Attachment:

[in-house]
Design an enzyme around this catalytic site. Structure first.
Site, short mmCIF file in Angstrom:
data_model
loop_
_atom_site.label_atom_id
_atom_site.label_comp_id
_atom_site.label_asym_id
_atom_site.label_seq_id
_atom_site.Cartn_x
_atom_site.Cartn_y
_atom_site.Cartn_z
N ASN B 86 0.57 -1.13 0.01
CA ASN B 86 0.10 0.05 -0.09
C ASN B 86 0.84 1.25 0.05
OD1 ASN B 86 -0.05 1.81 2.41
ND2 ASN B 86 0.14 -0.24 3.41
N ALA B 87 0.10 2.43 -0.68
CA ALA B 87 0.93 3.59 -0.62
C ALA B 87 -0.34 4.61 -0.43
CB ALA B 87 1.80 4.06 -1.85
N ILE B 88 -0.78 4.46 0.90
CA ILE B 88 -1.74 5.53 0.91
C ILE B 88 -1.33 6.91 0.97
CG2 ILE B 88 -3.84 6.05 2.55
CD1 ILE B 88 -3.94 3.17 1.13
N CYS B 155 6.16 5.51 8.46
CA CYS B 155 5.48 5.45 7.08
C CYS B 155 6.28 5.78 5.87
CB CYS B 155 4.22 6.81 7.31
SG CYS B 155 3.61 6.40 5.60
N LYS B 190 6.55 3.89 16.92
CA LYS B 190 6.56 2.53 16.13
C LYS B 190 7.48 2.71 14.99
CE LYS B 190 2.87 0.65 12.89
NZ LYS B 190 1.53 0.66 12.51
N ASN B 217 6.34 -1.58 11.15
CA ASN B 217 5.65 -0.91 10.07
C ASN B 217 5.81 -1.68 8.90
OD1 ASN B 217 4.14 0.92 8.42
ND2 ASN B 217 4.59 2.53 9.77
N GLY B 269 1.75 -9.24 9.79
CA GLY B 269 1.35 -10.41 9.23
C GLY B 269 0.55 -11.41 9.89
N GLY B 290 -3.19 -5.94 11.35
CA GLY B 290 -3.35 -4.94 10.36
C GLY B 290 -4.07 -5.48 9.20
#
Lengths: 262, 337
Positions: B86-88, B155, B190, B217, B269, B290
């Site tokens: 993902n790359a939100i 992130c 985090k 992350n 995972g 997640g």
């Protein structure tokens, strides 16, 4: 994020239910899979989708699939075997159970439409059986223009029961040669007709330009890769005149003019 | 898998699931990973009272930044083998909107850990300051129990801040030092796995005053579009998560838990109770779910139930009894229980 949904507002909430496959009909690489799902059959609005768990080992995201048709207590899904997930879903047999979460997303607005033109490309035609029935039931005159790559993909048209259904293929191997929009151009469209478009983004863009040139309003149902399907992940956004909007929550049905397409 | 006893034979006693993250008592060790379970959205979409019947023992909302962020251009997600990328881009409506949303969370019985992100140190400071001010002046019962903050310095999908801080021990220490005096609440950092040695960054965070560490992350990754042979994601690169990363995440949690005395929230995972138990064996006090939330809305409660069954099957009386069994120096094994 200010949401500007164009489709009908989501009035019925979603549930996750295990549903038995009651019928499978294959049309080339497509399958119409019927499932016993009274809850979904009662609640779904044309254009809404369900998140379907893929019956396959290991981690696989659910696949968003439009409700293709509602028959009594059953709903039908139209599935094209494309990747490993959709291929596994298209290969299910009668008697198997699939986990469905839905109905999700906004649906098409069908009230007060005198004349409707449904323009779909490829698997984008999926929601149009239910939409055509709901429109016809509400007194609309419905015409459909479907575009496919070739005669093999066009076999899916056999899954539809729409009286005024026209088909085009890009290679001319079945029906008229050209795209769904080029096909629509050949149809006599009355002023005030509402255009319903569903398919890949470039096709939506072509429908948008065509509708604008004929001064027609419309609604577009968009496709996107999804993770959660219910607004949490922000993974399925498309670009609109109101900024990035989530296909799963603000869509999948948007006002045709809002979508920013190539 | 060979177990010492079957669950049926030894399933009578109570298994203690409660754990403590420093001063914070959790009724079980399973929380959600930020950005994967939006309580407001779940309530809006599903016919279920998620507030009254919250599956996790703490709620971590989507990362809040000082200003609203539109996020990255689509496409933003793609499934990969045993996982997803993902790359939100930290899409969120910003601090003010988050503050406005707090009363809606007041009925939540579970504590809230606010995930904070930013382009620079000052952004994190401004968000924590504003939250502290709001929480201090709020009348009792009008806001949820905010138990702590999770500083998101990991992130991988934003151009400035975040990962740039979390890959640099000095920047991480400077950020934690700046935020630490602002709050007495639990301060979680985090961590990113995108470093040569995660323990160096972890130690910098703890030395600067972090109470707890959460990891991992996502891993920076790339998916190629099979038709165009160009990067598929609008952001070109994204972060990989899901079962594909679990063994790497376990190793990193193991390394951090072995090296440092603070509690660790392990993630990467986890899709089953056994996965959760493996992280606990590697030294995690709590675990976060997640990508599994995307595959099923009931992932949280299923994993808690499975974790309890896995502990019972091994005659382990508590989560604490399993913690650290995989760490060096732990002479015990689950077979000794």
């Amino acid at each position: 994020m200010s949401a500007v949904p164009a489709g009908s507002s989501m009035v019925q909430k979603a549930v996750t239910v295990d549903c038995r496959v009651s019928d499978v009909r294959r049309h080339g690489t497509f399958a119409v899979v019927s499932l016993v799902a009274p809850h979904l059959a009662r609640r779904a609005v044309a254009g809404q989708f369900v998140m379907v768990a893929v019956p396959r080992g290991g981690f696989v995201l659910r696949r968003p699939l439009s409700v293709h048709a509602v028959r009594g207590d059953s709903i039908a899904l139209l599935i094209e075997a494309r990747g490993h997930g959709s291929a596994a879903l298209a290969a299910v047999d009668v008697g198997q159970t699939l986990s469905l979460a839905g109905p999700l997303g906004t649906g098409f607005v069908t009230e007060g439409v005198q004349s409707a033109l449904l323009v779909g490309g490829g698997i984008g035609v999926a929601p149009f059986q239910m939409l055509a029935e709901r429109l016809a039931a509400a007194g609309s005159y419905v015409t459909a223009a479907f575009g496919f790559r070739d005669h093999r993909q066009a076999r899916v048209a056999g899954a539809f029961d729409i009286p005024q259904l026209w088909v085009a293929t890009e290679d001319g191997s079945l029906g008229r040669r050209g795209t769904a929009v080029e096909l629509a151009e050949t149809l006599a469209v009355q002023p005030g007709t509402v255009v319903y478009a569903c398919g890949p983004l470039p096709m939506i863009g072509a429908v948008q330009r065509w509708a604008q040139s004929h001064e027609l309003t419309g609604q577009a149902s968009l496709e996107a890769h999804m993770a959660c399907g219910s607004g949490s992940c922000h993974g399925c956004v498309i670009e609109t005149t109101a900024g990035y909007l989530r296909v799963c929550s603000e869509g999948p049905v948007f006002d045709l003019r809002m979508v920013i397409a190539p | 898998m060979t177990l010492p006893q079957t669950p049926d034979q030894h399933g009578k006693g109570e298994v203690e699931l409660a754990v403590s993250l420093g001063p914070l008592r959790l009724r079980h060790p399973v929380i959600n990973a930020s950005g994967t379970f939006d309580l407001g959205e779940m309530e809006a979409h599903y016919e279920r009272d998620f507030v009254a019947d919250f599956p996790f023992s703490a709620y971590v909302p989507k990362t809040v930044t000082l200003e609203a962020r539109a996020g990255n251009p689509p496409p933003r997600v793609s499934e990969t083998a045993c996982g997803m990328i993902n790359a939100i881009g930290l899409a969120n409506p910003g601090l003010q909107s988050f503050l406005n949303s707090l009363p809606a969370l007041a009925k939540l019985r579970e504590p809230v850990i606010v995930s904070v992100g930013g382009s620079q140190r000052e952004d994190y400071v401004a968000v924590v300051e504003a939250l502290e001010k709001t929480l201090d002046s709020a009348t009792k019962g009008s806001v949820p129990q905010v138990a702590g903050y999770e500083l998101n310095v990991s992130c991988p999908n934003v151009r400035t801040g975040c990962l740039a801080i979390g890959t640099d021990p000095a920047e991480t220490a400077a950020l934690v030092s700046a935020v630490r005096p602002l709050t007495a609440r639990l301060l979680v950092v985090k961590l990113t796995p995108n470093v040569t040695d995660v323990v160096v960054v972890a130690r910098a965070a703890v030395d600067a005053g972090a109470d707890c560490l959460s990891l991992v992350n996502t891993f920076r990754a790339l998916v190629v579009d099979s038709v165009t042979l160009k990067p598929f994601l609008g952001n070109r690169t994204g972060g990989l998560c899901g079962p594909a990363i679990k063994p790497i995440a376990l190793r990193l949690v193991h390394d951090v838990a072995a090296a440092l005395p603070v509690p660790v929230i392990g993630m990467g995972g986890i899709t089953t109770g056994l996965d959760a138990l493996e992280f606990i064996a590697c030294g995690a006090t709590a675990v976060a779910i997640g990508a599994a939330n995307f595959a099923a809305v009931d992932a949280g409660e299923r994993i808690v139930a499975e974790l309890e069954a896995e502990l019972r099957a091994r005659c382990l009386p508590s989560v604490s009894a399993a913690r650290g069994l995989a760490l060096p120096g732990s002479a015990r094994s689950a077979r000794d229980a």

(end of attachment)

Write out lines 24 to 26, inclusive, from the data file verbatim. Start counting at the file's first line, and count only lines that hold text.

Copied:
C ILE B 88 -1.33 6.91 0.97
CG2 ILE B 88 -3.84 6.05 2.55
CD1 ILE B 88 -3.94 3.17 1.13